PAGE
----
Dan Campbell on Lions roster: 'We are trying to avoid floaters'

Justin Rogers
The Detroit News

Allen Park — Last year, Dan Campbell humorously established a no-turd policy for the roster. This year, ahead of the second day of the Detroit Lions rookie minicamp, the coach was decrying "floaters."

Regardless of his colorful terminology, the message is consistent. The Lions only want players willing to give everything they have every day. 

“Listen, I can’t say enough great things about everyone here that has been involved in this process, but certainly (general manager) Brad (Holmes) — I couldn’t ask for more as a head coach than what Brad has done, last year and this year," Campbell said ahead of Saturday's minicamp practice. "We share the same vision. We said that from Day 1. We’ve always said we’re going to get the types of guys that match what we’re about, and that is a gritty group of guys that love ball.

Lions coach Dan Campbell speaks ahead of Saturday's rookie minicamp practice.

"We are trying to avoid floaters. We don’t want to draft floaters. Floaters are a guy who gets here and just kind of, there he goes, he’s just in the open ocean. We want guys that are highly competitive and they love ball. They’re not going to be perfect. They might not always say the right things. They mean well, but they love ball. They’ll do anything for it and do anything for their teammates. In that regard, I’m elated with the guys that we have and the vision."

First-round draft pick Aidan Hutchinson epitomizes the hard work and passion Campbell and Holmes covet. For a while, it didn't look like the Lions would have a shot to land the former Michigan standout, but he fell into their laps with the No. 2 pick of last month's draft after the Jacksonville Jaguars opted to take Georgia's Travon Walker first overall. 

"We were prepared for whatever move happened, but as you guys all know, we couldn’t get the call in fast enough once we knew they didn’t take Aidan," Campbell said. "It worked out great; it was perfect. He’s a perfect fit for us. I mean, he really is everything that we’re about and he matches us perfectly."

This first weekend for the rookies is essentially orientation. They're doing some light work on the field, but the bigger emphasis is on familiarizing them with the routine, schemes, facility and expectations that come with being a professional.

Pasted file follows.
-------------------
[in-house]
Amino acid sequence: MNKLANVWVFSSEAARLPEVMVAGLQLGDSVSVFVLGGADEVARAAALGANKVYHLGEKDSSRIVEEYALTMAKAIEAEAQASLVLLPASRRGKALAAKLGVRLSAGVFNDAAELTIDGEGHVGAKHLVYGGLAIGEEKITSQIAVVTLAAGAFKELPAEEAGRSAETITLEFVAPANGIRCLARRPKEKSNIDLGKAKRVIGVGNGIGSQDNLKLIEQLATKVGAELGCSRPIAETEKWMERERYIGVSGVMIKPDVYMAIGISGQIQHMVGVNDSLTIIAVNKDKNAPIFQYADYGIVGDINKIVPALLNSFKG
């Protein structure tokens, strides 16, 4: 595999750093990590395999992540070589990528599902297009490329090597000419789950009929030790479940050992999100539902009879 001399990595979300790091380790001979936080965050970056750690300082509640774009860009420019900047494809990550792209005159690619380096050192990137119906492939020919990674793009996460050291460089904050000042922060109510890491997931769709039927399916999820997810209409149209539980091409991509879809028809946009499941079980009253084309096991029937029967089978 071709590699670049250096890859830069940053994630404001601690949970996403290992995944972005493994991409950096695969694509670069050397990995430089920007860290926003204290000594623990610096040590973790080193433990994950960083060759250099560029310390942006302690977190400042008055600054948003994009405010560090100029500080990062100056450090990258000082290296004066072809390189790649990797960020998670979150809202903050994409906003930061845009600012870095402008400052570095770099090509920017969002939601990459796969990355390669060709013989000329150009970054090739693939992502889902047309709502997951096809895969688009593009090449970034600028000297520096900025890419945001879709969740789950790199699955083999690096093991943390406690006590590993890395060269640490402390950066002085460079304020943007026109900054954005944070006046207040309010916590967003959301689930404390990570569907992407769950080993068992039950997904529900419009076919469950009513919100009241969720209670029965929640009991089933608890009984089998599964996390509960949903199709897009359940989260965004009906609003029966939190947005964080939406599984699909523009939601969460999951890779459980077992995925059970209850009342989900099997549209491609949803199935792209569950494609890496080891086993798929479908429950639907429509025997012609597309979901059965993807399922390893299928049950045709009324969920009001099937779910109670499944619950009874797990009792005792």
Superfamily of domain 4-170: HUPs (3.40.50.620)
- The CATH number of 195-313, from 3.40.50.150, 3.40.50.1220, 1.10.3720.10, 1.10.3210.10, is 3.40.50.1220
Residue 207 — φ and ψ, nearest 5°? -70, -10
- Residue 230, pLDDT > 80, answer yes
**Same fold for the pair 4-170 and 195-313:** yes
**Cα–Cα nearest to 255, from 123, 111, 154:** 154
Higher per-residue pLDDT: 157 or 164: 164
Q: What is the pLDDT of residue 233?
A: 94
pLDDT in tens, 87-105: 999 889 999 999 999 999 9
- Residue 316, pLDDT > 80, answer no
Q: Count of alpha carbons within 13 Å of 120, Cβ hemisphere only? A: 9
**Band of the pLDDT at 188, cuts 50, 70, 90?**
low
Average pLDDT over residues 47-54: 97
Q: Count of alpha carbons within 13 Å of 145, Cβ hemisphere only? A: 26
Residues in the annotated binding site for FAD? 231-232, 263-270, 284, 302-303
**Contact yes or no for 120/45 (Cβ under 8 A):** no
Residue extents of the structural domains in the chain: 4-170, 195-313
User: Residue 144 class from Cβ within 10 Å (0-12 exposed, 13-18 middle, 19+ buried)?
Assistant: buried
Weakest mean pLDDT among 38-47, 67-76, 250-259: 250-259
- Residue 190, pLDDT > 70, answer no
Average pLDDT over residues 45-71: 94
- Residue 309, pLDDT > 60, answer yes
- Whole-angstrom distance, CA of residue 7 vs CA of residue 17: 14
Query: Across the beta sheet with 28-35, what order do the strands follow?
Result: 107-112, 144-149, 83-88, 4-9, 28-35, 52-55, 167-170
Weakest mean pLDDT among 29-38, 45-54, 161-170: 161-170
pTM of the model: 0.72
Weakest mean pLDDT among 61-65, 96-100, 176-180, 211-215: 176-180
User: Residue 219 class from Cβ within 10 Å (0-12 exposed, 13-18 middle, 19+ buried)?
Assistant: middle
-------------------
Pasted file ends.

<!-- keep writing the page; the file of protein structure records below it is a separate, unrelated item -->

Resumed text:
True to that football-loving character, Hutchinson is thrilled to be back on the grind. 

"Yeah, it’s great," Hutchinson said. "This is what I do at the end of the day. All that talk, I hate the talk. It’s been a lot of months of talking, lot of rah-rah, but now we’re out here getting the work in, which is what I do."

Shopping local 

In addition to Hutchinson filling a notable roster need and being an ideal culture fit, Campbell loves the fact the rookie defender is a homegrown talent, having starred at Dearborn Divine Child prior to committing to Michigan. 

"I’ve said this before, but it just so happened to be that he was in the backyard," Campbell said. "It wasn’t because of that (he was drafted), but that’s icing on the cake there, that he was right down the road. I just feel like it was meant to be. He belongs here and when you’re going to pick guys, particularly that high, they better fit everything that you’re about, and he does that." 

Hutchinson is far from the only local connection at rookie minicamp. Several of the teams undrafted free agents and tryout players have local ties.

Offensive lineman Kevin Jarvis played for Michigan State, wide receiver Kalil Pimpleton is from Muskegon and attended Central Michigan, while wide receiver Hunter Rison (son of Andre Rison), tight end Nolan Givan, wide receiver Jalen Martin, offensive lineman Zein Obeid, quarterback Connor Sampson and cornerback Cedric Boswell all played high school football in Michigan. 

"Look, I just think that they understand what it’s like being around here," Campbell said. "They understand, I think, the community, they understand the weather. … They kind of understand this organization, somewhat, albeit from afar. I think there may be a little more (of a) level of pride to it, potentially, with those guys because it is kind of home base."

Hutchinson is certainly embracing the Lions' history and the role he could play helping them dig out of that decades-long hole. 

“I definitely feel inspired to get this team going again, but, again, it’s not just me," he said. "It’s going to be a group effort. It’s going to take all guys on this team to get this team back to winning. So if I can be a piece of that, I’d love to."

Picking up the tempo

It's still not clear who will be calling offensive plays for the Lions this season — Campbell or first-year offensive coordinator Ben Johnson — but the latter is putting his stamp on the scheme following his offseason promotion. 

"I would definitely say it's different than last year," wide receiver Amon-Ra St. Brown said last week. "Definitely new language. You got to kind of start over. Obviously there's a little bit of rollover from last year, but not much. He's revamped it, kind of made it his own. It's like a new language, it takes a minute, but once we get it all down, it's going to be easy for us."

The other big focus, according to Campbell, has been a simplification of the play calls, which has a specific purpose. 

"We’re going to be much more efficient, just on how we get things in and out of the huddle," Campbell said. "The ability to change our tempo will be big. Some of that just comes from verbiage alone, believe it or not. I just feel like everything is just going to be so much more streamlined. The ability to, shoot, get on the line if we need to and (make a) one word, one call. … That in itself puts stress on the defense."


Twitter: @Justin_Rogers